For a long time, the big brands had it relatively easy. Advertise, buy shelf space, sell stuff. Then came the Internet.
With the rapid growth of global e-commerce, some of the biggest brands have found themselves challenged. Myriad new competitors offer good value at a lower price. Consumers have the option of switching brands with a click. Travelers can find the lowest airfare with a quick search.
Landor Associates has helps companies re-postition themselves in this new age, including household names like Levi Strauss, Rolex, Hanesbrands, Macy's, P&G and Old Spice.
CMSWire asked Landor's Executive Creative Director Christopher Lehmann to share some tips on how brands can not only survive, but thrive in today's hyper-competitive marketplace. As with many other areas of marketing, the answer comes back to a familiar theme: giving the customers what they want.
CMSWire: How are brands holding their value in the online world where there are so many alternatives and choice is often driven by price?
Lehmann: Most brands are thinking and trying to drive their relationship with customers online, and they're doing it to varying degrees of success. When you think about pure e-commerce, people do it well, people do it purely as e-commerce, people continue to build their brand through e-commerce. When you think about Tiffany's, it's a great example of a brand you wouldn't think would be strong at e-commerce, and they're very good at it. Then you move from e-commerce to social media, and how people are embracing that. I think there's lots of opportunities to drive preference through those kinds of conversations versus selling a good.
CMSWire: In retail, there's a lot of price-matching going on. But you can't necessarily do that with a fixed brand. How are brands defending against price sensitivity online?
Lehmann: What it comes down to is we can compete anyway we want when we have strong brands. And to do that, you have to be flexible, you have to know your audience. You have to be absolutely agile, so you can manage that relationship and drive the most value.
CMSWire: We live in an age of the next big thing. It's very easy in markets driven by fashion or changing taste for one brand to get knocked out of the square by something nobody ever heard of before. How can brands compete against the next big thing?
Lehmann: Branding has to be considered through the lens of what it means to be agile. That means having your ear to the ground in terms of your market opportunities and your varying demographics. The more data we have access to, the more we understand our demographics and how they parse out into sub-demographics, if you will. How we think about new and innovative products. How we have conversations with people. Any good brand is going to think about that stuff all the time and not use it to catch up as much as use it to lead. This idea of agile isn't necessarily new. You can look at brands like Virgin, which basically founded themselves on this idea of always anticipating what customers want.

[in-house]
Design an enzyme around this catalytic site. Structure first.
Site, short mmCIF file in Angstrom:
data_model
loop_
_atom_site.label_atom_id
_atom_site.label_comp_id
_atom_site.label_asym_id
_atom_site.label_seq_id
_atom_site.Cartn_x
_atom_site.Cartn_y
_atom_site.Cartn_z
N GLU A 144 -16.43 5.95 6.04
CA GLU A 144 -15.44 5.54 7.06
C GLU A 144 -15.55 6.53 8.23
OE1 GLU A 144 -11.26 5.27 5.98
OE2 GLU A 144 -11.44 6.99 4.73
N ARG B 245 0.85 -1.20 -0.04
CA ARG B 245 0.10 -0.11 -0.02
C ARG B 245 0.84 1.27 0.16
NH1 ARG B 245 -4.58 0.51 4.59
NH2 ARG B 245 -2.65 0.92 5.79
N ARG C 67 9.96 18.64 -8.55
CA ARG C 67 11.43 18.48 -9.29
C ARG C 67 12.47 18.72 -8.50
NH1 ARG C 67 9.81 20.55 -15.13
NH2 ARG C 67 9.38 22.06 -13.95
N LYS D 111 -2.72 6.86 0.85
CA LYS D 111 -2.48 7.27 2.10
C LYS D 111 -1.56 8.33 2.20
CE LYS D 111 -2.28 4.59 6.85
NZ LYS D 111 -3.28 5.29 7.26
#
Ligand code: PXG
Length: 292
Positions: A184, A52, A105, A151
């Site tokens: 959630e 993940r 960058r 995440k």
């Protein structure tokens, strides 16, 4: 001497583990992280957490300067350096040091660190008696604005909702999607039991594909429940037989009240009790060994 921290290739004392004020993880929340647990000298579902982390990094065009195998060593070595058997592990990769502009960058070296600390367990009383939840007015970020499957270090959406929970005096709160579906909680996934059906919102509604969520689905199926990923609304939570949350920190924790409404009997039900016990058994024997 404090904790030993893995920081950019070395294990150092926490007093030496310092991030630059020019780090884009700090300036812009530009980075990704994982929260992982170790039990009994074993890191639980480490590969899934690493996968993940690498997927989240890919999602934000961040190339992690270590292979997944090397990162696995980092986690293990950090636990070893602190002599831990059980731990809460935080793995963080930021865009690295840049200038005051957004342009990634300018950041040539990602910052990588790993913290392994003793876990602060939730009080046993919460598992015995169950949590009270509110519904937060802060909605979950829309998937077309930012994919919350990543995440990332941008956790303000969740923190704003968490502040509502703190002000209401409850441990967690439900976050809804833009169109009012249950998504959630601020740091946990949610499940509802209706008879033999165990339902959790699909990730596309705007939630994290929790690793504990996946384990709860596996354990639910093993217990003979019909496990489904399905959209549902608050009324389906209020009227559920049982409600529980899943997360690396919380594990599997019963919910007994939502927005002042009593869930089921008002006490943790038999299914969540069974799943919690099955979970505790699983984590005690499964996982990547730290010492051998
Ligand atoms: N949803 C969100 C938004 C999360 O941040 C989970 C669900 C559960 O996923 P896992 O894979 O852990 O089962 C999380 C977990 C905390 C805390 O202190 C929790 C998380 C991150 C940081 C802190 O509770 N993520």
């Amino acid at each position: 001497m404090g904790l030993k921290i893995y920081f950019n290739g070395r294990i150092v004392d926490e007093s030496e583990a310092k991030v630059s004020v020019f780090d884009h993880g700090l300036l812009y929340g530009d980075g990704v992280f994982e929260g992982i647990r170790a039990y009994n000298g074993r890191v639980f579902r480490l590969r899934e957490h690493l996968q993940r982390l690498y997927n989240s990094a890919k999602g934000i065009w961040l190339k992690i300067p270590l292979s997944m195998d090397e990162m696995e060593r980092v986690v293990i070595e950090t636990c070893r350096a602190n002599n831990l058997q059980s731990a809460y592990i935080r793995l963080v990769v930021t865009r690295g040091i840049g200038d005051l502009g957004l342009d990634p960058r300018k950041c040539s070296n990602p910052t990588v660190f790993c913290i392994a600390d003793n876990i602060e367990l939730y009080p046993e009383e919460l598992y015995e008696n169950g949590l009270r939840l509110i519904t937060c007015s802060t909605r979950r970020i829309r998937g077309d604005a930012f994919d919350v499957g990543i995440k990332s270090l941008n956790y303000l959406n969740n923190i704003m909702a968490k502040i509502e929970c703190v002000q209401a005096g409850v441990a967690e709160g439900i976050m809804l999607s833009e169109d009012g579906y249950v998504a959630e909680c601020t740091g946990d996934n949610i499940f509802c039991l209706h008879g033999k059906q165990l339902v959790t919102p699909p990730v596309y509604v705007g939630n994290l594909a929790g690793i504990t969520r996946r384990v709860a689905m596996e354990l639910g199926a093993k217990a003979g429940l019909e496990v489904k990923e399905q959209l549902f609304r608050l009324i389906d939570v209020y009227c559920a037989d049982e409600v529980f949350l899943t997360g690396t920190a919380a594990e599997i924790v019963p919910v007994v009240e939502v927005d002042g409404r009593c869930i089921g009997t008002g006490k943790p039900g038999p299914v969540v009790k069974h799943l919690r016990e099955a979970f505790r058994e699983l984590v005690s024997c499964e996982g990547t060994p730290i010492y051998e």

You can look at Nike -- it could have been a Sony Walkman, but it's always adapting who it is as a company. So it moved from sneakers to a fashion brand to technology to letting me be able to customize my shoes. That's a very adaptive, agile brand.
CMSWire: There's a tendency of older brands to try to adapt in ways that may dilute their historic brand values. With Coca-Cola, the first thing I think of is the iconic bottle of Coke. Now they're into granola bars, health foods, fitness drinks and other things. How do you extend the brand to something like that?
Lehmann: You can absolutely be out there and experimenting. If you feel that you understand what you are as a core brand offering and you can stick to that and be true to that, but also be flexible, adaptive and leading, you're going to find yourself exploring different boundaries. Sometimes you don't want to cross them, sometimes you'll push them out even further. And you'll do that through product innovation. You'll learn how those are being responded to through your relationship with consumers. That will be a relationship you already have with them, i.e. social media. It could be that you do it other ways, through a traditional focus group.
I think consumers are willing to let brands experiment and stretch, knowing they might fumble sometime, but still be seen as attempting to be relevant to consumers in general. Coke won't do things that are just flagrantly not a Coke thing to do, but they may flirt with the edge of the definition of what people think for Coke.
Another example is the work Landor did for Old Spice, a brand that has been around for a long time.
When we helped them reinvent, it wasn't about throwing about everything Old Spice has ever stood for and call it something new. It's always been about manliness. We basically found a way to define it for a new generation of people who saw it as relevant -- no longer my great-uncle's aftershave.
CMSWire: What's the most common problem that your clients bring to Landor?
Lehmann: I would say relevance. In a hyper-active, always changing brandscape, every one of our clients have to always be thinking about relevance. The landscape changes around them, or they've been through mergers and acquisitions, or they're going to de-list some of their product line -- they have to find a way to stay relevant. And they do that through their brand and that's why they come to us.
Title image by Francisco Ferrarini/Shutterstock. Old Spice and Lehmann photos, Landor Associates.